“Where you come from is gone, where you thought you were going to weren’t never there, and where you are ain’t no good unless you can get away from it.” Hazel Motes, Wise Blood
I nearly drove into a ditch as I was driving around the industrial areas of the small NT town of Katherine yesterday morning looking for tyres for a mate out bush. I was listening to ABC Radio National’s AM when a piece came on about the ‘new atheist’ movement and their godless church-without-a-church. What the …?
Unsurprisingly the two godless souls behind this first-world foolishness are comedians.
As the ABC’s Caroline Winter reported:
“The Sunday Assembly has been called the atheist church, but we prefer to think of it as all the best bits of church but with no religion and awesome songs,” British comedian Sanderson Jones said. “Our motto is “live better, help often and wonder more”, and our mission is to help everyone live this one life as fully as possible.” Mr Jones and fellow comedian Pippa Evans created and held their first Sunday Assembly in London in January.
Whatever that means. It seems to me that Mr Jones and Ms Evans would benefit from a read of the American novelist Flannery O’Connor’s first novel Wise Blood, first published in 1952.
O’Connor’s brutal exploration of the southern Protestant peasantry at their most freakish is centred on her lead character Hazel Motes, who returns to his home country from a world war wounded inside and stunned by what he has seen. The war crushed the virulent religion that coursed through Motes’ veins transfused by his preacher grandfather – a man with ‘Jesus in him like a stinger’.
Now Motes, as V.S. Pritchett explains in the foreword of my well-thumbed and re-read 1980 Faber & Faber edition of Wise Blood, finds that his:
… innate religiosity has turned into anti-religion and when he gets back to Tennessee he silently tears up the tracts that are pushed into his hands and has only one thought – to found his own anti-church, the Church Without Christ.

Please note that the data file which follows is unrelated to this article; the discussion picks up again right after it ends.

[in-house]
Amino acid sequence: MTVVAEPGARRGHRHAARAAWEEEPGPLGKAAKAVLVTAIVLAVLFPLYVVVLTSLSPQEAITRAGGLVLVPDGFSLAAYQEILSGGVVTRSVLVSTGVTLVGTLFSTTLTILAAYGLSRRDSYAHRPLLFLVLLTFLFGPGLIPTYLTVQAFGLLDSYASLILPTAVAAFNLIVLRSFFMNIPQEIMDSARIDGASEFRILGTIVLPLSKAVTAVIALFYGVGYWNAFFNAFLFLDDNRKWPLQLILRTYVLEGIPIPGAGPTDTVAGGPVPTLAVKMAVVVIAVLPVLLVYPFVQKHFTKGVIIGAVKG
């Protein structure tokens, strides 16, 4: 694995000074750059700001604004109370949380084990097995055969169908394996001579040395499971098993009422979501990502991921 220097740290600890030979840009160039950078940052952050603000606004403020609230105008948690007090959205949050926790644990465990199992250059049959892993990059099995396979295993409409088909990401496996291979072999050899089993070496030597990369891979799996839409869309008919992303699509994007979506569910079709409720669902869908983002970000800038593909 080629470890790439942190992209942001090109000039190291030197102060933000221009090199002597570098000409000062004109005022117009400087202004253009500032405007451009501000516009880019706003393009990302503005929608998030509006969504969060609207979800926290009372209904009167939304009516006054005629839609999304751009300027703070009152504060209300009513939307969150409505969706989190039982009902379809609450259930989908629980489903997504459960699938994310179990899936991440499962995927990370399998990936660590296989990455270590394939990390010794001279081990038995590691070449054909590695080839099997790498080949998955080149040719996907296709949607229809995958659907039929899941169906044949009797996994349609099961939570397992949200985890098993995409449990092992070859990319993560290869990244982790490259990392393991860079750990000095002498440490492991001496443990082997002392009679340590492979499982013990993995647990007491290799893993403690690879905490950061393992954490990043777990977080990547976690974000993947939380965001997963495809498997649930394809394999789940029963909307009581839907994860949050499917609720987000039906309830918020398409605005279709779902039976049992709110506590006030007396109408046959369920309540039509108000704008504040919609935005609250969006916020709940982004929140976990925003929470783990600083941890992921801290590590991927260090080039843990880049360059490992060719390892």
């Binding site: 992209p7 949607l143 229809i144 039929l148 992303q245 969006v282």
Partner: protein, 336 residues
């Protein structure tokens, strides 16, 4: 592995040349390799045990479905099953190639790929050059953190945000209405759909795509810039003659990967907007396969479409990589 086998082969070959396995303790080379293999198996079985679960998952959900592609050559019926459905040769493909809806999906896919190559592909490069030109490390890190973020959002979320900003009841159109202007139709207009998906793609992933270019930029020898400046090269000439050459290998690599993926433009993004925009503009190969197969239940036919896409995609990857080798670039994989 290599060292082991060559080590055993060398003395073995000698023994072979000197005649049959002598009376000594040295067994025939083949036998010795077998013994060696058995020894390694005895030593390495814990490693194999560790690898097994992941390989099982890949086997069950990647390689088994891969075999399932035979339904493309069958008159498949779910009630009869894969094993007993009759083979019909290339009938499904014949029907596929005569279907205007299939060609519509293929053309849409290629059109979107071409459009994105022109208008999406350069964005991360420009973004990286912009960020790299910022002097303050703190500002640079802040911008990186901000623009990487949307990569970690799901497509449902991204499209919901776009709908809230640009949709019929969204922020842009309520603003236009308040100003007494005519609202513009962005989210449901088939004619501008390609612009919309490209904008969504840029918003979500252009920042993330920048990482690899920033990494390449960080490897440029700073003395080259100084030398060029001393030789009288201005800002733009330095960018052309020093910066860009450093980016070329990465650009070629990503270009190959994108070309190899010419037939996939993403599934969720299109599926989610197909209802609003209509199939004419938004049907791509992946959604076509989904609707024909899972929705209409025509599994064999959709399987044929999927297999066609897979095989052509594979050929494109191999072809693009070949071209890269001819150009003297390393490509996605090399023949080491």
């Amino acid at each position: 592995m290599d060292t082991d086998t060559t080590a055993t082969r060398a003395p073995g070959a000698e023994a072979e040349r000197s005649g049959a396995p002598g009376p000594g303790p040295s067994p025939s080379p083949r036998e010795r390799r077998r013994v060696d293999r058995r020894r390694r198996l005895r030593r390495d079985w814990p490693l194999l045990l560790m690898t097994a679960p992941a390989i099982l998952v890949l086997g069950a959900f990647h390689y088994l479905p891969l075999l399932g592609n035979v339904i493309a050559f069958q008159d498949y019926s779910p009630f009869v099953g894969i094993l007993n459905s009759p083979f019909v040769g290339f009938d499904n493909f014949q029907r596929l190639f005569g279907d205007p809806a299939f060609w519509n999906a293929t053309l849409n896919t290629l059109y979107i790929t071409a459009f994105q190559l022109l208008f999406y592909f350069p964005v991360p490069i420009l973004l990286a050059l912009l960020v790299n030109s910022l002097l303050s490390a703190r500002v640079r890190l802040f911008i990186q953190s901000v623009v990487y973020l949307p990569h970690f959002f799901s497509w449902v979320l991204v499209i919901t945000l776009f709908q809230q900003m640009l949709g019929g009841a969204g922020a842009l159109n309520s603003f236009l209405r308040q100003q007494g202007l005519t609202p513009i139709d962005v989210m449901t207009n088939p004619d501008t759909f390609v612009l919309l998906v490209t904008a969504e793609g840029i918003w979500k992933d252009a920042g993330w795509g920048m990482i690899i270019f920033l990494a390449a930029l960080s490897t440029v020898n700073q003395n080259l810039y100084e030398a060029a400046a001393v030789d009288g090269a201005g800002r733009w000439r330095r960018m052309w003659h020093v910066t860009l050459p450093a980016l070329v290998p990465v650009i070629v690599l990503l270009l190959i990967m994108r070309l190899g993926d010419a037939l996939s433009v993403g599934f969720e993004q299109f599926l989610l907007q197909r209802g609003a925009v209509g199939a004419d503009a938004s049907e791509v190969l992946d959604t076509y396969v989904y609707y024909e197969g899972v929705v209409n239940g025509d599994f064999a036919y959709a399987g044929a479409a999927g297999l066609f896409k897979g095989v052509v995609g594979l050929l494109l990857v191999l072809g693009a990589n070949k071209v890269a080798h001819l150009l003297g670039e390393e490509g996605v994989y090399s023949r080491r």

In Hazel’s own words:
I’m member and preacher to that church where the blind don’t see and the lame don’t walk and what’s dead stays that way. Ask me about that church and I’ll tell you it’s the church that the blood of Jesus don’t foul with redemption … Jesus was a liar.
In 1979 John Huston adapted O’Connor’s novel for the screen as one of the ‘small art films’ he enjoyed making in between the blockbusters for which he is better known.
I first saw the film at the behest of (no surprise here) Nick Cave in London sometime in the blurry days of the early eighties and it has stuck with me like a deeply rooted splinter since. I’ve lost count of the number of times I’ve re-read Wise Blood and O’Connor’s other books, particularly her collections of short stories. In Huston’s film Brad Dourif plays a chillingly convincing Hazel Motes and Harry Dean Stanton … he just does what Harry always does and is truly frightening as the failed (and unblind) blind street preacher Asa Hawks.
In an essay that provides useful background for the uninitiated, Jamie S. Rich over at Criterion Confessions says that Huston’s film:
… is presented with the blackest of tongues pressed firmly into the darkest of cheeks. While Hazel treats his mission with deadly seriousness, Huston does anything but.
One of the main things that the director, along with screenwriters Benedict and Michael Fitzgerald, draws from O’Connor is that much of modern religion is a side show. The better your pitch, the more freakish your display, the more likely you are to get an audience. Hence, Hawks having blinded himself with quick lime to prove his belief
You can see a few clips of Wise Blood on YouTube here (the only DVD I’ve been able to find is subject to the silly regional restrictions). It is available on ITunes from the US store only.
And what of the modern anti-Christians?
For mine they smell rather too much of either a conventional church or a particularly silly cult for the first-world worried rich and well-fed not a long way away from the Hillsong happy-clappers and their ilk.
As Sanderson Jones told The Guardian in September:
I don’t there’s anything that’s inherently elite about people getting together to sing songs and think about themselves and improve their community. But we can’t wait to see people doing it in all manner of different places in all manner of different ways, that appeal to all manner of different people.
I’ve not been in a church – except for funerals and to look at the pretty pictures – for many a long year. I don’t deny or diminish anyone their belief, whether in a God personal, universal or absent.
But if I had to choose between singing some songs and having a cuppa and cake or attending a church where “the blind don’t see and the lame don’t walk and what’s dead stays that way” then I’ll take O’Connor’s bleak vision any day.
Sounds like a lot more fun.